/ACLU vows to see Trump administration “in court” over William Barr ruling withholding bail to asylum seekers

ACLU vows to see Trump administration “in court” over William Barr ruling withholding bail to asylum seekers

The American Civil Liberties Union has vowed to take legal action after Attorney General William Barr made a decision Tuesday that will prevent asylum seekers found to have credible fear of returning to their home countries from seeking bond.

“This is the Trump administration’s latest assault on people fleeing persecution and seeking refuge in the United States,” ACLU Immigrants’ Rights Project Director Omar Jadwat said in a statement.

“Our Constitution does not allow the government to lock up asylum seekers without basic due process,” he said, adding: “We’ll see the administration in court.”

On Tuesday, Barr decided that some asylum seekers who have established credible fear of returning to their home countries and are facing deportation will no longer be eligible to be released on bond by immigration judges while their cases are pending.

The ruling, which is Barr’s first immigration-related decision since he took office, brings an end to the standard process, which typically sees asylum seekers who cross into the U.S. between designated ports of entry allowed to ask a judge to grand them bond for release.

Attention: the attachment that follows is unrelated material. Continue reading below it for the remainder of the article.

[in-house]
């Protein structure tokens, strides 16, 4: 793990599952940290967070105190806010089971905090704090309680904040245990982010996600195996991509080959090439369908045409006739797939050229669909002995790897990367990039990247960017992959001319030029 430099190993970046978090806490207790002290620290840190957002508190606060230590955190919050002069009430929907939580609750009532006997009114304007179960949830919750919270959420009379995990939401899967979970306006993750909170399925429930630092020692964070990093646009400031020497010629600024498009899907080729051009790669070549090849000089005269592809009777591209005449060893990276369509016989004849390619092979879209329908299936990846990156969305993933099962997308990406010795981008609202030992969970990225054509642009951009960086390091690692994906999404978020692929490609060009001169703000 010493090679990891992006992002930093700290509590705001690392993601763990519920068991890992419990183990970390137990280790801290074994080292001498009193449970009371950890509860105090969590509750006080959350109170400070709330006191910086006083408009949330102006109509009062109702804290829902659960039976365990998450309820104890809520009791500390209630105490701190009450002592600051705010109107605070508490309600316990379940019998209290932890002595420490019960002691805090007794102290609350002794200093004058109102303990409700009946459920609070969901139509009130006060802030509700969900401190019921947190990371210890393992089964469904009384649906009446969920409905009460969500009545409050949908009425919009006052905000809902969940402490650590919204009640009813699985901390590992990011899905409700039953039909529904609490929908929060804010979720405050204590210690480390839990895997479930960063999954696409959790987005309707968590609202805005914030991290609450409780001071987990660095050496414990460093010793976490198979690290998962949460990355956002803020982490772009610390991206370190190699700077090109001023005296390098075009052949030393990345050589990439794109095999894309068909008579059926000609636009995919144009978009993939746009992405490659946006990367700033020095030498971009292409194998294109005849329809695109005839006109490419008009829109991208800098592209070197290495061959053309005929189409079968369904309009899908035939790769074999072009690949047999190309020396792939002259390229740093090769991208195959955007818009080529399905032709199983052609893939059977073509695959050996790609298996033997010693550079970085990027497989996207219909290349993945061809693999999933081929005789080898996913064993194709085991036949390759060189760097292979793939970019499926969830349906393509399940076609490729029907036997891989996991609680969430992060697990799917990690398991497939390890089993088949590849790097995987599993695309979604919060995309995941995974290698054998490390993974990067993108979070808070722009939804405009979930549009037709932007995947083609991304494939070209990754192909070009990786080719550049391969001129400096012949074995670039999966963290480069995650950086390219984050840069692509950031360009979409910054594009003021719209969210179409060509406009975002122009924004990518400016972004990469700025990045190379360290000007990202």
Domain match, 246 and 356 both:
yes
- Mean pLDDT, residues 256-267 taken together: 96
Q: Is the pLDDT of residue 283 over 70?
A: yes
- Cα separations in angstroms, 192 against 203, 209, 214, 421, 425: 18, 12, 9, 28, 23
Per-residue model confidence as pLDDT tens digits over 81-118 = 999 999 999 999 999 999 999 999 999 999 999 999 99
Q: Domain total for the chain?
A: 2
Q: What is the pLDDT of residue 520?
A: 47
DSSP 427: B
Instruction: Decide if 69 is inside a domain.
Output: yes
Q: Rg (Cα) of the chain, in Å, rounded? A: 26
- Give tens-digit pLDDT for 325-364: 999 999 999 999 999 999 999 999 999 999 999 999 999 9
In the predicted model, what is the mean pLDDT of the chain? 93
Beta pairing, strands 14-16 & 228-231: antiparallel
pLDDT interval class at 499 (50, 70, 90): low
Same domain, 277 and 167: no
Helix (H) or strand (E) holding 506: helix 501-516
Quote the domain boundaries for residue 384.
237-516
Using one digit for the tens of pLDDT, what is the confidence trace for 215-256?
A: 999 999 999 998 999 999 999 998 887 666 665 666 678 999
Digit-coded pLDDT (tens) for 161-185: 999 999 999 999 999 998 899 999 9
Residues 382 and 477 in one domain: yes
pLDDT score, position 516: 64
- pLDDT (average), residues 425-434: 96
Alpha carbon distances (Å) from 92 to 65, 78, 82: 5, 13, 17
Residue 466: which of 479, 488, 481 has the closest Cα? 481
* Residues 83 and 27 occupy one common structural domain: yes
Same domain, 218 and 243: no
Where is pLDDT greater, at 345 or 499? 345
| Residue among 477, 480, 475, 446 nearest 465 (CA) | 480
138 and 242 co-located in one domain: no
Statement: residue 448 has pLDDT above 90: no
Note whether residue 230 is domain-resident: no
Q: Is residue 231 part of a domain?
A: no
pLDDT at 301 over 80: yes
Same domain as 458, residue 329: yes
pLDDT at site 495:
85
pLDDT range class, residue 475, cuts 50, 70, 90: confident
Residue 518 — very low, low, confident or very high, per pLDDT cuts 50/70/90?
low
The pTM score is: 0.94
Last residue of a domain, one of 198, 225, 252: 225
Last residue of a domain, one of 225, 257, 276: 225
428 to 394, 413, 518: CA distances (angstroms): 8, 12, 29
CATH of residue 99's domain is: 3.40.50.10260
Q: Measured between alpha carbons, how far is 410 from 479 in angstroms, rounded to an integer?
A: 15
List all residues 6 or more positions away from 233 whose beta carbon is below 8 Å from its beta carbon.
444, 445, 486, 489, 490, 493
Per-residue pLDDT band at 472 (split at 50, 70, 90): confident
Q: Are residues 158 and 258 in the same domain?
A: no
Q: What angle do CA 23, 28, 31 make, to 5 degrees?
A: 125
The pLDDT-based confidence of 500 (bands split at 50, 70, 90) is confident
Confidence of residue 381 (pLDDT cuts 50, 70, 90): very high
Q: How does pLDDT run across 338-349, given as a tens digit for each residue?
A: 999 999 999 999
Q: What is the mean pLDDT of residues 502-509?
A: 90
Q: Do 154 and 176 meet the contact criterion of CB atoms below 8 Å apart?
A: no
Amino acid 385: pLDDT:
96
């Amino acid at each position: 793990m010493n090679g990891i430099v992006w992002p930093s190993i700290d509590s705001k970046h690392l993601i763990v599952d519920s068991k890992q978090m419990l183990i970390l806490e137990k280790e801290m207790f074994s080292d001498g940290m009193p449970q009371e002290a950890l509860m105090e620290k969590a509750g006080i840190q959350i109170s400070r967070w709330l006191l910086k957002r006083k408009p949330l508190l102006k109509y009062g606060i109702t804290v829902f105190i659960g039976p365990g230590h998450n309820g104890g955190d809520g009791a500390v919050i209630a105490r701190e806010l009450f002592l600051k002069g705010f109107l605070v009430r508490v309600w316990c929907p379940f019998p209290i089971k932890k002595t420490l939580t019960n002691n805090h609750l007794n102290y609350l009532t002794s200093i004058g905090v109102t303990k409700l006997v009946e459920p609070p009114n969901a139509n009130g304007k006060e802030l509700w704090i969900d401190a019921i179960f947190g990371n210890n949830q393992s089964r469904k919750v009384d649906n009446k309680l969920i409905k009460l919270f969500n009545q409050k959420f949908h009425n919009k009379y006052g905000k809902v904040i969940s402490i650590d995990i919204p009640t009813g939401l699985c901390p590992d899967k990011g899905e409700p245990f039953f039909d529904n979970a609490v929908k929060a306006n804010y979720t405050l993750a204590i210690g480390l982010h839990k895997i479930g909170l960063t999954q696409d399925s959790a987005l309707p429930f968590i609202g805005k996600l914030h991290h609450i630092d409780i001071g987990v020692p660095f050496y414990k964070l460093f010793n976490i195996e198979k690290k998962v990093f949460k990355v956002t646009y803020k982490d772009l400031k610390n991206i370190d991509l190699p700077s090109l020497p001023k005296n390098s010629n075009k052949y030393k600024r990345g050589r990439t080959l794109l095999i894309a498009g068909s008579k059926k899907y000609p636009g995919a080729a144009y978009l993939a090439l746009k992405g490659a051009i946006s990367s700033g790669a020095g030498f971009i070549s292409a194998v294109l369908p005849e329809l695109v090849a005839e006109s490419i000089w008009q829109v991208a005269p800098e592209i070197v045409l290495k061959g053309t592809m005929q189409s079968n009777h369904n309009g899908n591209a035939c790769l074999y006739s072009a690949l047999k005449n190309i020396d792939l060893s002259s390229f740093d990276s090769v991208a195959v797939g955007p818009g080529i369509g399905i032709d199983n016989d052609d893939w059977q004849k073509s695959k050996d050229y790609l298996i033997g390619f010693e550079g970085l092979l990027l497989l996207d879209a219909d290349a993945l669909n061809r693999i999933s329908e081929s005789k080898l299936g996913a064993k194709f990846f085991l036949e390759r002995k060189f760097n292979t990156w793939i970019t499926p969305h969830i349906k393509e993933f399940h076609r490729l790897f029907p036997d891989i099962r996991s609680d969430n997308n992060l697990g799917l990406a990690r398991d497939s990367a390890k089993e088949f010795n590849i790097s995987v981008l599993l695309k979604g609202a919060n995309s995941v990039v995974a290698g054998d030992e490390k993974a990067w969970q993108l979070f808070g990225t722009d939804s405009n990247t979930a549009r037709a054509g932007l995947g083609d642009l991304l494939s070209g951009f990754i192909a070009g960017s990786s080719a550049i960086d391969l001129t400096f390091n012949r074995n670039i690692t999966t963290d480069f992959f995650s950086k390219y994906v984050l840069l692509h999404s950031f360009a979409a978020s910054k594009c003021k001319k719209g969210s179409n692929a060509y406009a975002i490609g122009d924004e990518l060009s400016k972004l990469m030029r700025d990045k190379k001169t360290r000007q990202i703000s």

Under the new ruling, however, they will be forced to wait in detention for the duration of their case. 

The decision does not apply to asylum-seeking families as current rules in place mandate that they cannot be held for longer than 20 days. It also will not affect unaccompanied minors.

In an interview with the Associated Press, Gregory Chen, director of government relations for the American Immigration Lawyers Association, said that as a result of the decision, “there will be many, many people who are not gonna even have the opportunity to apply for release now.”

Barr’s decision is set to come into effect 90 days after being made. 

It comes as the Trump administration seeks to shut down a surge of arrivals of asylum seekers, predominantly Central American families, at the U.S.-Mexico border. 

Data from the U.S. Customs and Border Protection agency released last week showed that March saw its highest rate of apprehensions at the U.S.-Mexico border since 2007, with 92,000 apprehensions recorded. The agency has repeatedly noted, however, that a large share of the recent surge in arrivals has been comprised of families fleeing Central America. 

An “emergency interim report” on the situation at the border released by the Homeland Security Advisory Council on Tuesday described a 600 percent increase in the last year in the influx of family units arriving at the border, with more than 53,000 families “apprehended” at the border in March alone. 


U.S. Attorney General William Barr testifies during a House Commerce, Justice, Science, and Related Agencies Subcommittee hearing on the Department of Justice Budget Request for Fiscal Year 2020, on Capitol Hill in Washington, D.C. on April 10, 2019. Barr decided on April 16, 2018 that some asylum seekers who have established credible fear and are subject to deportation cannot be released on bond by immigration judges. MANDEL NGAN/AFP/Getty

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